The VRU does not do politics. I will do it. Just take a simple issue: wellness. The UK government is talking about cutting £ 20 a week from universal credit, reversing an increase in the Covid era. This will have many well-documented impacts. One of them: more children will live in homes with additional stress, additional hopelessness. We don’t need to guess how it will turn out in the future, how such trauma will affect some young people: we know it will come smashing our faces.

The VRU has already helped change the way we talk about violence. But we still have a long way to go.

Politicians can no longer pretend they don’t know the consequences of the trauma and poverty of the early years. You can’t pretend you’re against violence and then do things that you know will create it.

But fighting violence is not only a question of politics, it is also a question of culture.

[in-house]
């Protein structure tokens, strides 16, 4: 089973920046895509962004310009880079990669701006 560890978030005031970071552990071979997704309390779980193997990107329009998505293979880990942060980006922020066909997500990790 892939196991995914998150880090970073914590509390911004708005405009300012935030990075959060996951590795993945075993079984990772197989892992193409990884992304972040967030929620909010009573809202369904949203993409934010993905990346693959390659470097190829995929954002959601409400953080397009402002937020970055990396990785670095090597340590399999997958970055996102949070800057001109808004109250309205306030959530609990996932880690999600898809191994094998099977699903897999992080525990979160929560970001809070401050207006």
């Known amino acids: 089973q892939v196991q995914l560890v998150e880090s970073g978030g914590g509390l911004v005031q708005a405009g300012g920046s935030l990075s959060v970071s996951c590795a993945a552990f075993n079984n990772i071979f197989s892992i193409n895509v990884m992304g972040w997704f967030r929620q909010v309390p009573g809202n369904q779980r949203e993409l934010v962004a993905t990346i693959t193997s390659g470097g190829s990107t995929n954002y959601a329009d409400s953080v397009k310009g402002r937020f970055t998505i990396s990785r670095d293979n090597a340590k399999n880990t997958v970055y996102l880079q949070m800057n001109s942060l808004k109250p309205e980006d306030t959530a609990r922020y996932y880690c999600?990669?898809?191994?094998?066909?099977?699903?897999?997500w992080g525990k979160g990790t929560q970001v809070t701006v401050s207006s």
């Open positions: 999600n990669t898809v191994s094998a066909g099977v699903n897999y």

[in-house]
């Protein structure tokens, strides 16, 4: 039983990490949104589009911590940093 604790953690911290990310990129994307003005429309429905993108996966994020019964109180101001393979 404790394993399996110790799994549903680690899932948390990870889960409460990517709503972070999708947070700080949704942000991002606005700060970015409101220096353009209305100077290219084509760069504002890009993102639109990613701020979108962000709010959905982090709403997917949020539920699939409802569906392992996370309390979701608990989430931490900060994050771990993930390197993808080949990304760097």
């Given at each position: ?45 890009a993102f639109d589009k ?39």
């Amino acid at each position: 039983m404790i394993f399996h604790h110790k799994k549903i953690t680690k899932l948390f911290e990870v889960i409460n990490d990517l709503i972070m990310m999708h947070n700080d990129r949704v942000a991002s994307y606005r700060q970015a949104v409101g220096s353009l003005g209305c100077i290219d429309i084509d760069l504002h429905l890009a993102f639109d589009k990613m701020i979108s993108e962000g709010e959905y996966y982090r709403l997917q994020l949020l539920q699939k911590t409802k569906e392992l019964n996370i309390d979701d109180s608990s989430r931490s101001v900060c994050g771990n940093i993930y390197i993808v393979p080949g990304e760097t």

Many Scots still need to have difficult conversations about violence and our attitudes towards it; our jokes, our language, our popular culture, even the way we report our news.

Many men have yet to understand how gendered this problem is. Most of the killers are men. Most of their victims too.

It doesn’t have to be like this. Most of us – including most men – learn not to hurt others. We can do it even late in life.

But can we as a society teach ourselves not to revel in fighting? Can our policy develop an understanding that actions have consequences that last longer than a minister’s career? Or is it too uncomfortably adult?

Scotland may have given the world the story of Peter Pan. But on violence, we can’t be a nation of boys who never grow up.

Our columns are a platform for writers to express their opinions. They do not necessarily represent the views of The Herald.